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Minocycline injection

What is this medicine?

MINOCYCLINE (mi noe SYE kleen) is a tetracycline antibiotic. It is used to treat certain kinds of bacterial infections. It will not work for colds, flu, or other viral infections.

How should I use this medicine?

This medicine is for injection into a vein. It is usually given by a health care professional in a hospital or clinic setting. If you get this medicine at home, you will be taught how to prepare and give this medicine. Use exactly as directed.

Take your medicine at regular intervals. Do not take your medicine more often than directed. Take all of your medicine as directed even if you think your are better. Do not skip doses or stop your medicine early.

It is important that you put your used needles and syringes in a special sharps container. Do not put them in a trash can. If you do not have a sharps container, call your pharmacist or healthcare provider to get one.

Talk to your pediatrician regarding the use of this medicine in children. While this drug may be prescribed for children as young as 9 years old for selected conditions, precautions do apply.

What side effects may I notice from receiving this medicine?

Side effects that you should report to your doctor or health care professional as soon as possible:

  • allergic reactions like skin rash, itching or hives, swelling of the face, lips, or tongue

  • bloody or watery diarrhea

  • changes in vision

  • fever

  • redness, blistering, peeling or loosening of the skin, including inside the mouth

  • seizures

  • signs and symptoms of liver injury like dark yellow or brown urine; general ill feeling or flu-like symptoms; light-colored stools; loss of appetite; nausea; right upper belly pain; unusually weak or tired; yellowing of the eyes or skin

  • trouble passing urine or change in the amount of urine

  • trouble swallowing

Side effects that usually do not require medical attention (report to your doctor or health care professional if they continue or are bothersome):

  • decreased hearing or ringing in the ears

  • diarrhea

  • dizziness

  • headache

  • loss of appetite

  • nausea, vomiting

What may interact with this medicine?

Do not take this medicine with any of the following medications:

  • acitretin

This medicine may interact with the following medications:

  • antihistamines for allergy, cough and cold

  • birth control pills

  • certain medicines for anxiety or sleep

  • certain medicines for depression, like amitriptyline, fluoxetine, sertraline

  • certain medicines for seizures like phenobarbital, primidone

  • certain medicines that treat or prevent blood clots like warfarin

  • digoxin

  • ergot alkaloids like dihydroergotamine, ergonovine, ergotamine, methylergonovine

  • general anesthetics like halothane, isoflurane, methoxyflurane, propofol

  • isotretinoin

  • local anesthetics like lidocaine, pramoxine, tetracaine

  • medicines that relax muscles for surgery

  • narcotic medicines for pain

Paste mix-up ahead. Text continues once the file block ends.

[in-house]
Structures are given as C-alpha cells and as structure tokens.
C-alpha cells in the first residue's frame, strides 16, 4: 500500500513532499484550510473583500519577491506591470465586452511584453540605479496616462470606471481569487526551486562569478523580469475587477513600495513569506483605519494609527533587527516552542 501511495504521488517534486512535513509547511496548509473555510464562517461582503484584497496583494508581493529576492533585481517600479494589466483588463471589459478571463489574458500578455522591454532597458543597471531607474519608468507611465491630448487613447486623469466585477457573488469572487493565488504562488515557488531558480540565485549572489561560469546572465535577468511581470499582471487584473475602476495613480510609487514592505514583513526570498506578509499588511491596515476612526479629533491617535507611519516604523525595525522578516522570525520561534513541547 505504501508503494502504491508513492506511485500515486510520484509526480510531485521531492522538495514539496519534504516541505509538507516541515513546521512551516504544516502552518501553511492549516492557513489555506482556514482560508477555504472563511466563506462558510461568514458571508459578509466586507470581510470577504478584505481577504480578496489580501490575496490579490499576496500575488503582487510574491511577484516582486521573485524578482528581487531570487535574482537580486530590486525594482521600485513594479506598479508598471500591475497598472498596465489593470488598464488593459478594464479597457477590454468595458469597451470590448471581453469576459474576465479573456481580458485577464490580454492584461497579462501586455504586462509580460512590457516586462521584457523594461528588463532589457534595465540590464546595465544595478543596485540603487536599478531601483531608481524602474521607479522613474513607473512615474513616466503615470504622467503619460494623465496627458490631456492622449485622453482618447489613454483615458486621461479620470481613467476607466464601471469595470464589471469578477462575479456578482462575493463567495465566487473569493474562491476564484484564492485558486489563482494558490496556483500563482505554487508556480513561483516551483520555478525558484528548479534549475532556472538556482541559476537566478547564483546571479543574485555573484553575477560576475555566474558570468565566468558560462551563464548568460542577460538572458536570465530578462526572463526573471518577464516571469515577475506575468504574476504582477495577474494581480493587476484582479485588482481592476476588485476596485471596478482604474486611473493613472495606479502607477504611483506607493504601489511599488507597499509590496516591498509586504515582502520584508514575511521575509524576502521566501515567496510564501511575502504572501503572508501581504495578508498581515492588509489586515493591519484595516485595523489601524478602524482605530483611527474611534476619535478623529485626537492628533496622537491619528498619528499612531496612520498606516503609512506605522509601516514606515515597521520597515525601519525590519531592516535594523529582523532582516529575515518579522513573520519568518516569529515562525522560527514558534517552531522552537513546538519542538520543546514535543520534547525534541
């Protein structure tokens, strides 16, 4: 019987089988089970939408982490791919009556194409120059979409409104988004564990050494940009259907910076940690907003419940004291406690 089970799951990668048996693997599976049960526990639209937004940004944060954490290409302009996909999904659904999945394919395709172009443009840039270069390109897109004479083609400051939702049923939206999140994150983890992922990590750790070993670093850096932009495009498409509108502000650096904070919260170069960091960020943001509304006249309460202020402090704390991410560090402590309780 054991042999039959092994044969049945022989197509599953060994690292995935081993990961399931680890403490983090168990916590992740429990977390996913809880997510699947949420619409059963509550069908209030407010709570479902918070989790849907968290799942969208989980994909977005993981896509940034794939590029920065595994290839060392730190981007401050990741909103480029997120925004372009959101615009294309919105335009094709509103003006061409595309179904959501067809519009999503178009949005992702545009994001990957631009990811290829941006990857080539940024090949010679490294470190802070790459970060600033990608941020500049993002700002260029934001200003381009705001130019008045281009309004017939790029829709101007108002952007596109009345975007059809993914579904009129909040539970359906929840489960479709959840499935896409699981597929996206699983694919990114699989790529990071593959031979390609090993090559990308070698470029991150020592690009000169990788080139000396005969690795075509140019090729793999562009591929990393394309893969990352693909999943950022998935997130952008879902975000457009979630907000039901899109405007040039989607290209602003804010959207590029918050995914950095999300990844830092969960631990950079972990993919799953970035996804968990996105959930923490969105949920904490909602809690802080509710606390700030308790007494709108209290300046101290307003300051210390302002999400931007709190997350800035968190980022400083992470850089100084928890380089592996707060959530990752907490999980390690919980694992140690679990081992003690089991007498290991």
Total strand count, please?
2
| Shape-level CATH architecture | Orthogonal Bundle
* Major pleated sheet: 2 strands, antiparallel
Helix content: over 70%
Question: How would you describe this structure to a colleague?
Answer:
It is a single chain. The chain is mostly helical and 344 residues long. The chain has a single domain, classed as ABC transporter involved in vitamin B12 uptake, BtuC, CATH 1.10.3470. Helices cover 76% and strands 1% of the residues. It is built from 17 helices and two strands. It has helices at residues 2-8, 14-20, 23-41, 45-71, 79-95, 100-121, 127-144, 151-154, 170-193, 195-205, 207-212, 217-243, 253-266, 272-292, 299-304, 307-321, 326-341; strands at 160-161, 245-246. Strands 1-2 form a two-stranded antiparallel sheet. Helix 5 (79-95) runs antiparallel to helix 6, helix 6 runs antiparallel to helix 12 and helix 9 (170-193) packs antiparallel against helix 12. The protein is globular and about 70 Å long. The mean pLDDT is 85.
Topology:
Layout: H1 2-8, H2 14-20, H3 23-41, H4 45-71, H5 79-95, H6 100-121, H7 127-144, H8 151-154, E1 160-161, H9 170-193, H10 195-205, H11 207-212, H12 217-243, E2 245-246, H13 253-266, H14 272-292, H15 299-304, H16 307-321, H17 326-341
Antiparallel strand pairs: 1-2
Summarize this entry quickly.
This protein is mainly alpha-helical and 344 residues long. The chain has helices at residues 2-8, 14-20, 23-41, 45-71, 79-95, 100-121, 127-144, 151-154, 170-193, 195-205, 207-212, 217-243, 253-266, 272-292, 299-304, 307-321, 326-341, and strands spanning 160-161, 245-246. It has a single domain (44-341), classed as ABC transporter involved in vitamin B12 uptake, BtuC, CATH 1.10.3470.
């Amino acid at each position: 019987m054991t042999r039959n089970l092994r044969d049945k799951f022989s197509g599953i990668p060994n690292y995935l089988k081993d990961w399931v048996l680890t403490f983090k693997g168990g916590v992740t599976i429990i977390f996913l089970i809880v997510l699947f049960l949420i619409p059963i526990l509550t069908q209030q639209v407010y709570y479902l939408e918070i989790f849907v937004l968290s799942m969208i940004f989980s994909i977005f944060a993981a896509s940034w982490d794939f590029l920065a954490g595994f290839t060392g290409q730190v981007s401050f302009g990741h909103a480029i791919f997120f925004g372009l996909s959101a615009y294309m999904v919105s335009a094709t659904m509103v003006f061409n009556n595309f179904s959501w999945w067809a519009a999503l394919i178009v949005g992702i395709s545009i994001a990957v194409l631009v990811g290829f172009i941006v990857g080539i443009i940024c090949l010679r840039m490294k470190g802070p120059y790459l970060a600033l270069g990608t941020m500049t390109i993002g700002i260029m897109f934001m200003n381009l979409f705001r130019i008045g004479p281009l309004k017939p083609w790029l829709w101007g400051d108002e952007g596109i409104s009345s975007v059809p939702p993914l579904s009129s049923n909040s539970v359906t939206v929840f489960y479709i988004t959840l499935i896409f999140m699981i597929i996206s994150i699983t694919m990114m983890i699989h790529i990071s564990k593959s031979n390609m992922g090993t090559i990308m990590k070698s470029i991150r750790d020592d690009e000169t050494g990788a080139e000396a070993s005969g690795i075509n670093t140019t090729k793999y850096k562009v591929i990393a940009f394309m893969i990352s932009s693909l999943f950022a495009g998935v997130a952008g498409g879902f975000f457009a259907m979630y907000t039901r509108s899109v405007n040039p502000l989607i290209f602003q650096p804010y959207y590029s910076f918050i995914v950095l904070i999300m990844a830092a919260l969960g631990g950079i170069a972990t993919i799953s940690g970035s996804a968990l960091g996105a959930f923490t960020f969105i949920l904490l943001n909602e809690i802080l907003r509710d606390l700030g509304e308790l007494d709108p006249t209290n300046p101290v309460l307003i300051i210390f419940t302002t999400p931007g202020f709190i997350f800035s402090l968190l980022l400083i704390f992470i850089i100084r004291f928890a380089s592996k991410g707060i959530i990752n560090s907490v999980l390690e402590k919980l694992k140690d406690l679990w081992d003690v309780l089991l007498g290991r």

• other antibiotics like penicillin

  • phenothiazines like chlorpromazine, mesoridazine, prochlorperazine, thioridazine

What if I miss a dose?

If you miss a dose, take it as soon as you can. If it is almost time for your next dose, take only that dose. Do not take double or extra doses.

Where should I keep my medicine?

Keep out of the reach of children.

If you are using this medicine at home, you will be instructed on how to store this medicine. Throw away any unused medicine after the expiration date on the label.

What should I tell my health care provider before I take this medicine?

They need to know if you have any of these conditions:

  • kidney disease

  • liver disease

  • an unusual or allergic reaction to minocycline, tetracycline antibiotics, other medicines, foods, dyes, or preservatives

  • pregnant or trying to get pregnant

  • breast-feeding

What should I watch for while using this medicine?

Tell your doctor or healthcare professional if your symptoms do not start to get better or if they get worse.

Do not treat diarrhea with over the counter products. Contact your doctor if you have diarrhea that lasts more than 2 days or if it is severe and watery.

This medicine can make you more sensitive to the sun. Keep out of the sun. If you cannot avoid being in the sun, wear protective clothing and use sunscreen. Do not use sun lamps or tanning beds/booths.

Tell your doctor or health care professional right away if you have any change in your eyesight.

Birth control pills may not work properly while you are taking this medicine. Talk to your doctor about using an extra method of birth control.

You may get drowsy or dizzy. Do not drive, use machinery, or do anything that needs mental alertness until you know how this medicine affects you. Do not stand or sit up quickly, especially if you are an older patient. This reduces the risk of dizzy or fainting spells.

If you are being treated for a sexually transmitted infection, avoid sexual contact until you have finished your treatment. Your sexual partner may also need treatment.

NOTE:This sheet is a summary. It may not cover all possible information. If you have questions about this medicine, talk to your doctor, pharmacist, or health care provider. Copyright© 2017 Elsevier